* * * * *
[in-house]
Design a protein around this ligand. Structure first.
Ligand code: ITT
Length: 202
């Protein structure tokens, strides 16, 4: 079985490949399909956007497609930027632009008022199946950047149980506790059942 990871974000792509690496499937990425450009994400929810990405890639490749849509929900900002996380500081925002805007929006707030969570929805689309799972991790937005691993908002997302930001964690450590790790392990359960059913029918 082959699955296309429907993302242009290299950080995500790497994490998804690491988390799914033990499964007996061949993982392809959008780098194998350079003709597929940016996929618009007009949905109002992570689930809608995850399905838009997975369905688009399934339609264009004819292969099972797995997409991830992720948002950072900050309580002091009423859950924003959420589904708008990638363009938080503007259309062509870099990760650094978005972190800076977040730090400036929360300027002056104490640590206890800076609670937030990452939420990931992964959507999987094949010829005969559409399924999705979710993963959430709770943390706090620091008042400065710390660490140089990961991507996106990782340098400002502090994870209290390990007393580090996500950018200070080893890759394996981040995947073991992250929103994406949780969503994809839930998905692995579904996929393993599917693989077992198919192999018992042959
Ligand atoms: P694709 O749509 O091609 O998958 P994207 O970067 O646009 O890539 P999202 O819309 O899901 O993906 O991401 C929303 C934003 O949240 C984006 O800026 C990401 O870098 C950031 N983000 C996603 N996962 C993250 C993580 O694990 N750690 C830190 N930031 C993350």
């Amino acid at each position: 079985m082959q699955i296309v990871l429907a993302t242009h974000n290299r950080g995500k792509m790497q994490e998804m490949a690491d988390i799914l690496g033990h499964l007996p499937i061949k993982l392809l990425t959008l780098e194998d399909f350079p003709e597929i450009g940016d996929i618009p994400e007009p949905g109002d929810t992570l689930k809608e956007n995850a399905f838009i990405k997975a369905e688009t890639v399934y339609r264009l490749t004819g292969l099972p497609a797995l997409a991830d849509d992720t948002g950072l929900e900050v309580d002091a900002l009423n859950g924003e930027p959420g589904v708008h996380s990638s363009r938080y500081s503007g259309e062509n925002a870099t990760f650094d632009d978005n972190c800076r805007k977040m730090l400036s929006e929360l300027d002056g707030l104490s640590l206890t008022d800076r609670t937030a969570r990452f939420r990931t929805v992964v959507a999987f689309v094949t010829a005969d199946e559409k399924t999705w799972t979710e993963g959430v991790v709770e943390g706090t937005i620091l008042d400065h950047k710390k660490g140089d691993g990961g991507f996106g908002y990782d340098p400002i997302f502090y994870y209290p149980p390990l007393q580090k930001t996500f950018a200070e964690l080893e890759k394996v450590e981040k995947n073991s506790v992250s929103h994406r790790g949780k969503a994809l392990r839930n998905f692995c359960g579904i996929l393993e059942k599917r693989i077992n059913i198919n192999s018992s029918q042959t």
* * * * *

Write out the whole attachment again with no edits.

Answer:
[in-house]
Design a protein around this ligand. Structure first.
Ligand code: ITT
Length: 202
């Protein structure tokens, strides 16, 4: 079985490949399909956007497609930027632009008022199946950047149980506790059942 990871974000792509690496499937990425450009994400929810990405890639490749849509929900900002996380500081925002805007929006707030969570929805689309799972991790937005691993908002997302930001964690450590790790392990359960059913029918 082959699955296309429907993302242009290299950080995500790497994490998804690491988390799914033990499964007996061949993982392809959008780098194998350079003709597929940016996929618009007009949905109002992570689930809608995850399905838009997975369905688009399934339609264009004819292969099972797995997409991830992720948002950072900050309580002091009423859950924003959420589904708008990638363009938080503007259309062509870099990760650094978005972190800076977040730090400036929360300027002056104490640590206890800076609670937030990452939420990931992964959507999987094949010829005969559409399924999705979710993963959430709770943390706090620091008042400065710390660490140089990961991507996106990782340098400002502090994870209290390990007393580090996500950018200070080893890759394996981040995947073991992250929103994406949780969503994809839930998905692995579904996929393993599917693989077992198919192999018992042959
Ligand atoms: P694709 O749509 O091609 O998958 P994207 O970067 O646009 O890539 P999202 O819309 O899901 O993906 O991401 C929303 C934003 O949240 C984006 O800026 C990401 O870098 C950031 N983000 C996603 N996962 C993250 C993580 O694990 N750690 C830190 N930031 C993350």
């Amino acid at each position: 079985m082959q699955i296309v990871l429907a993302t242009h974000n290299r950080g995500k792509m790497q994490e998804m490949a690491d988390i799914l690496g033990h499964l007996p499937i061949k993982l392809l990425t959008l780098e194998d399909f350079p003709e597929i450009g940016d996929i618009p994400e007009p949905g109002d929810t992570l689930k809608e956007n995850a399905f838009i990405k997975a369905e688009t890639v399934y339609r264009l490749t004819g292969l099972p497609a797995l997409a991830d849509d992720t948002g950072l929900e900050v309580d002091a900002l009423n859950g924003e930027p959420g589904v708008h996380s990638s363009r938080y500081s503007g259309e062509n925002a870099t990760f650094d632009d978005n972190c800076r805007k977040m730090l400036s929006e929360l300027d002056g707030l104490s640590l206890t008022d800076r609670t937030a969570r990452f939420r990931t929805v992964v959507a999987f689309v094949t010829a005969d199946e559409k399924t999705w799972t979710e993963g959430v991790v709770e943390g706090t937005i620091l008042d400065h950047k710390k660490g140089d691993g990961g991507f996106g908002y990782d340098p400002i997302f502090y994870y209290p149980p390990l007393q580090k930001t996500f950018a200070e964690l080893e890759k394996v450590e981040k995947n073991s506790v992250s929103h994406r790790g949780k969503a994809l392990r839930n998905f692995c359960g579904i996929l393993e059942k599917r693989i077992n059913i198919n192999s018992s029918q042959t």